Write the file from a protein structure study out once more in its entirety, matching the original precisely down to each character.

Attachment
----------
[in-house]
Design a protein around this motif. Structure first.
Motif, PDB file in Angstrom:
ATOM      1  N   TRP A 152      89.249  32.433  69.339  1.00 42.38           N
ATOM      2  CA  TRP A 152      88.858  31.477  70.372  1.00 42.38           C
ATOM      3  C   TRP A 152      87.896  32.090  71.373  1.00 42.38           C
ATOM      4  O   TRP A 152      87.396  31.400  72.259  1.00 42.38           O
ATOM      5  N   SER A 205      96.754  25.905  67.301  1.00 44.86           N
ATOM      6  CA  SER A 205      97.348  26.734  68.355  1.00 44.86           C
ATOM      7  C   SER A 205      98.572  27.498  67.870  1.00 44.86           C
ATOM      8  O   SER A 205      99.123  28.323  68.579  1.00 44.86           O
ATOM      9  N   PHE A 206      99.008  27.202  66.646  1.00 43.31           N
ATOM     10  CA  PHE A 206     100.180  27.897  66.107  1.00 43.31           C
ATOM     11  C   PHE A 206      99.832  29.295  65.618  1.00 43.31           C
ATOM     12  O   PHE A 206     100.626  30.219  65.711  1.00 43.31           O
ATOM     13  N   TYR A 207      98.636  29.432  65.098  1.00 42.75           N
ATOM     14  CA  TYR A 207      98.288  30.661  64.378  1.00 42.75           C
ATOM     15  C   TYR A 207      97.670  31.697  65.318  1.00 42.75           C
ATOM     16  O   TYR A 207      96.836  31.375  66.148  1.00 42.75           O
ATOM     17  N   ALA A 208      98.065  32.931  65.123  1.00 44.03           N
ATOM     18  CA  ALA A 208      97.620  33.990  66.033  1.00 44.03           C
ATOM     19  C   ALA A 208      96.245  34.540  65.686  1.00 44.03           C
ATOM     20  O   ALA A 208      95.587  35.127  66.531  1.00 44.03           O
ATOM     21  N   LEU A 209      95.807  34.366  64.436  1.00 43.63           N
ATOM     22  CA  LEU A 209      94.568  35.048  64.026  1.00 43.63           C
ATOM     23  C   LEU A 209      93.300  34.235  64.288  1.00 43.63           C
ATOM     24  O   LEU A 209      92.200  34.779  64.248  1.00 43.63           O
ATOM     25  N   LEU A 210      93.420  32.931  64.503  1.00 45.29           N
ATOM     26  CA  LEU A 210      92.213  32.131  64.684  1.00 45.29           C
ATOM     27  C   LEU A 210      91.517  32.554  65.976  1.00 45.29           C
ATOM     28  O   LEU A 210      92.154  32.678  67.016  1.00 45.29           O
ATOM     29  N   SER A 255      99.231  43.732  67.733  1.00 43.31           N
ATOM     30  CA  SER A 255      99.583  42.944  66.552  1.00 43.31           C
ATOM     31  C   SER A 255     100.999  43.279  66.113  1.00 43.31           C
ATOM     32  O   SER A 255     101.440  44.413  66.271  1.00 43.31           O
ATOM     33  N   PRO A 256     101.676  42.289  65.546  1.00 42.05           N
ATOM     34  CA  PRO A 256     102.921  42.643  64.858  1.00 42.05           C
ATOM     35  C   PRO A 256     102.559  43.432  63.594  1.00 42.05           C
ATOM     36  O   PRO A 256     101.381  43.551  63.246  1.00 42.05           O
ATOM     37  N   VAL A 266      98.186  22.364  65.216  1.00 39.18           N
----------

[in-house]
Design a protein around this motif. Structure first.
Motif, PDB file in Angstrom:
ATOM      1  N   TRP A 152      89.249  32.433  69.339  1.00 42.38           N
ATOM      2  CA  TRP A 152      88.858  31.477  70.372  1.00 42.38           C
ATOM      3  C   TRP A 152      87.896  32.090  71.373  1.00 42.38           C
ATOM      4  O   TRP A 152      87.396  31.400  72.259  1.00 42.38           O
ATOM      5  N   SER A 205      96.754  25.905  67.301  1.00 44.86           N
ATOM      6  CA  SER A 205      97.348  26.734  68.355  1.00 44.86           C
ATOM      7  C   SER A 205      98.572  27.498  67.870  1.00 44.86           C
ATOM      8  O   SER A 205      99.123  28.323  68.579  1.00 44.86           O
ATOM      9  N   PHE A 206      99.008  27.202  66.646  1.00 43.31           N
ATOM     10  CA  PHE A 206     100.180  27.897  66.107  1.00 43.31           C
ATOM     11  C   PHE A 206      99.832  29.295  65.618  1.00 43.31           C
ATOM     12  O   PHE A 206     100.626  30.219  65.711  1.00 43.31           O
ATOM     13  N   TYR A 207      98.636  29.432  65.098  1.00 42.75           N
ATOM     14  CA  TYR A 207      98.288  30.661  64.378  1.00 42.75           C
ATOM     15  C   TYR A 207      97.670  31.697  65.318  1.00 42.75           C
ATOM     16  O   TYR A 207      96.836  31.375  66.148  1.00 42.75           O
ATOM     17  N   ALA A 208      98.065  32.931  65.123  1.00 44.03           N
ATOM     18  CA  ALA A 208      97.620  33.990  66.033  1.00 44.03           C
ATOM     19  C   ALA A 208      96.245  34.540  65.686  1.00 44.03           C
ATOM     20  O   ALA A 208      95.587  35.127  66.531  1.00 44.03           O
ATOM     21  N   LEU A 209      95.807  34.366  64.436  1.00 43.63           N
ATOM     22  CA  LEU A 209      94.568  35.048  64.026  1.00 43.63           C
ATOM     23  C   LEU A 209      93.300  34.235  64.288  1.00 43.63           C
ATOM     24  O   LEU A 209      92.200  34.779  64.248  1.00 43.63           O
ATOM     25  N   LEU A 210      93.420  32.931  64.503  1.00 45.29           N
ATOM     26  CA  LEU A 210      92.213  32.131  64.684  1.00 45.29           C
ATOM     27  C   LEU A 210      91.517  32.554  65.976  1.00 45.29           C
ATOM     28  O   LEU A 210      92.154  32.678  67.016  1.00 45.29           O
ATOM     29  N   SER A 255      99.231  43.732  67.733  1.00 43.31           N
ATOM     30  CA  SER A 255      99.583  42.944  66.552  1.00 43.31           C
ATOM     31  C   SER A 255     100.999  43.279  66.113  1.00 43.31           C
ATOM     32  O   SER A 255     101.440  44.413  66.271  1.00 43.31           O
ATOM     33  N   PRO A 256     101.676  42.289  65.546  1.00 42.05           N
ATOM     34  CA  PRO A 256     102.921  42.643  64.858  1.00 42.05           C
ATOM     35  C   PRO A 256     102.559  43.432  63.594  1.00 42.05           C
ATOM     36  O   PRO A 256     101.381  43.551  63.246  1.00 42.05           O
ATOM     37  N   VAL A 266      98.186  22.364  65.216  1.00 39.18           N